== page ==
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Vacuolar H+-ATPase meets glycosylation in patients with cutis laxa

MPG-Autoren
http://pubman.mpdl.mpg.de/cone/persons/resource/persons50391

Kornak,  Uwe
Research Group Development & Disease (Head: Stefan Mundlos), Max Planck Institute for Molecular Genetics, Max Planck Society;

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Zitation

Guillard, M., Dimopoulou, A., Fischer, B., Morava, E., Lefeber, D. J., Kornak, U., et al. (2009). Vacuolar H+-ATPase meets glycosylation in patients with cutis laxa. Biochimica et Biophysica Acta - Molecular Basis of Disease, 1792, 903-914. doi:10.1016/j.bbadis.2008.12.009.


Zitierlink: http://hdl.handle.net/11858/00-001M-0000-0010-7D1C-C
Zusammenfassung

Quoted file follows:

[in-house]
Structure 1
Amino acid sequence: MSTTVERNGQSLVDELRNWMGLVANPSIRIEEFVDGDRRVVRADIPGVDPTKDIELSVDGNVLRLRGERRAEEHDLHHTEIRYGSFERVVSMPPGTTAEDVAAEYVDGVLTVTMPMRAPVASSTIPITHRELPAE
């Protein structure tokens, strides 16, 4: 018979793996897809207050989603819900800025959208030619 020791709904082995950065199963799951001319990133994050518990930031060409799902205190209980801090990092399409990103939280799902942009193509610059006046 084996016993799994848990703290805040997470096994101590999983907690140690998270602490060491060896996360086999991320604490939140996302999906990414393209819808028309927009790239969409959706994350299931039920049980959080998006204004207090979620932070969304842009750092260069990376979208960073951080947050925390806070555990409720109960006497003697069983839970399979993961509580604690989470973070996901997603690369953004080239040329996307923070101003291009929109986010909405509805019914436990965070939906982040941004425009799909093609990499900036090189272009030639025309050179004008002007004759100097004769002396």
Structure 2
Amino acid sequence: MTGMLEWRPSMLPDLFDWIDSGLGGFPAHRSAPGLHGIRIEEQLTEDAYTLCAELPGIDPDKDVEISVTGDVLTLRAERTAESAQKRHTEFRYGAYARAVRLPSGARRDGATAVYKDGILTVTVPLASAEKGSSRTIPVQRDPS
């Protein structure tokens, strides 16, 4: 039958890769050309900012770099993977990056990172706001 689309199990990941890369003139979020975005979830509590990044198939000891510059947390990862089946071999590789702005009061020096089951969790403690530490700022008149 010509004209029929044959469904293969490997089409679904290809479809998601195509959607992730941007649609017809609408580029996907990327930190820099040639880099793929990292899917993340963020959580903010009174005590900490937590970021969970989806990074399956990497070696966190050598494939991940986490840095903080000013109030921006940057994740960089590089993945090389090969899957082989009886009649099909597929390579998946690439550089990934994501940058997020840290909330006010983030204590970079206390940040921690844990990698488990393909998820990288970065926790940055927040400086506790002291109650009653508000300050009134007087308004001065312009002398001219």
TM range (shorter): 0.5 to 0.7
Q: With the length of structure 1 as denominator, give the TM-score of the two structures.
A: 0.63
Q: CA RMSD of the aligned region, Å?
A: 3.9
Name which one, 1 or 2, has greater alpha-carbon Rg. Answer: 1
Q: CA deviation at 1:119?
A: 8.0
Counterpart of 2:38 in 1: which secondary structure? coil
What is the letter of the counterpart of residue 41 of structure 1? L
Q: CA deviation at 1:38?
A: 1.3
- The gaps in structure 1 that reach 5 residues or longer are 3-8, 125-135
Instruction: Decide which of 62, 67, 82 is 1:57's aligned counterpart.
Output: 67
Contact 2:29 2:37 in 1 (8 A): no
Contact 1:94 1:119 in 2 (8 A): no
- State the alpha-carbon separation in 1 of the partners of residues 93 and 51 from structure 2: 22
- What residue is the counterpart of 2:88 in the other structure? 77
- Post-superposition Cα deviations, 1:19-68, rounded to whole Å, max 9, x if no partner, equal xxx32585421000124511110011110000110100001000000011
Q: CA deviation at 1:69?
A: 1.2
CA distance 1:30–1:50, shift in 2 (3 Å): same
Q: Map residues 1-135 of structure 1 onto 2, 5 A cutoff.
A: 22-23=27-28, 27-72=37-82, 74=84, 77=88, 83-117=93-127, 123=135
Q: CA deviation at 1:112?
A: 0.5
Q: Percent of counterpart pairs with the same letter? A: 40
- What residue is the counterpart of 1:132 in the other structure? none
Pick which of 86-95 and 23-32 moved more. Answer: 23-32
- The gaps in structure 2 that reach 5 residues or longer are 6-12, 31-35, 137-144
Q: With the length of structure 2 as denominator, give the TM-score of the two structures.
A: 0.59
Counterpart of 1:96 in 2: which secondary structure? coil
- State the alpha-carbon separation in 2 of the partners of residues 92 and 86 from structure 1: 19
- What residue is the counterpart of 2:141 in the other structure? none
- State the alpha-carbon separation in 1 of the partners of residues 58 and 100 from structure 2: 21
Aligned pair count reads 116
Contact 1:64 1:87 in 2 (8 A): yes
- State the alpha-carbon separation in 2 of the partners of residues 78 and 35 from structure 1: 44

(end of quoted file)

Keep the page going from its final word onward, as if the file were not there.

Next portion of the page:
Glycosylation of proteins is one of the most important post-translational modifications. Defects in the glycan biosynthesis result in congenital malformation syndromes, also known as congenital disorders of glycosylation (CDG). Based on the iso-electric focusing patterns of plasma transferrin and apolipoprotein C-III a combined defect in N- and O-glycosylation was identified in patients with autosomal recessive cutis laxa type II (ARCL II). Disease-causing mutations were identified in the ATP6V0A2 gene, encoding the a2 subunit of the vacuolar H+-ATPase (V-ATPase). The V-ATPases are multi-subunit, ATP-dependent proton pumps located in membranes of cells and organels. In this article, we describe the structure, function and regulation of the V-ATPase and the phenotypes currently known to result from V-ATPase mutations. A clinical overview of cutis laxa syndromes is presented with a focus on ARCL II. Finally, the relationship between ATP6V0A2 mutations, the glycosylation defect and the ARCLII phenotype is discussed.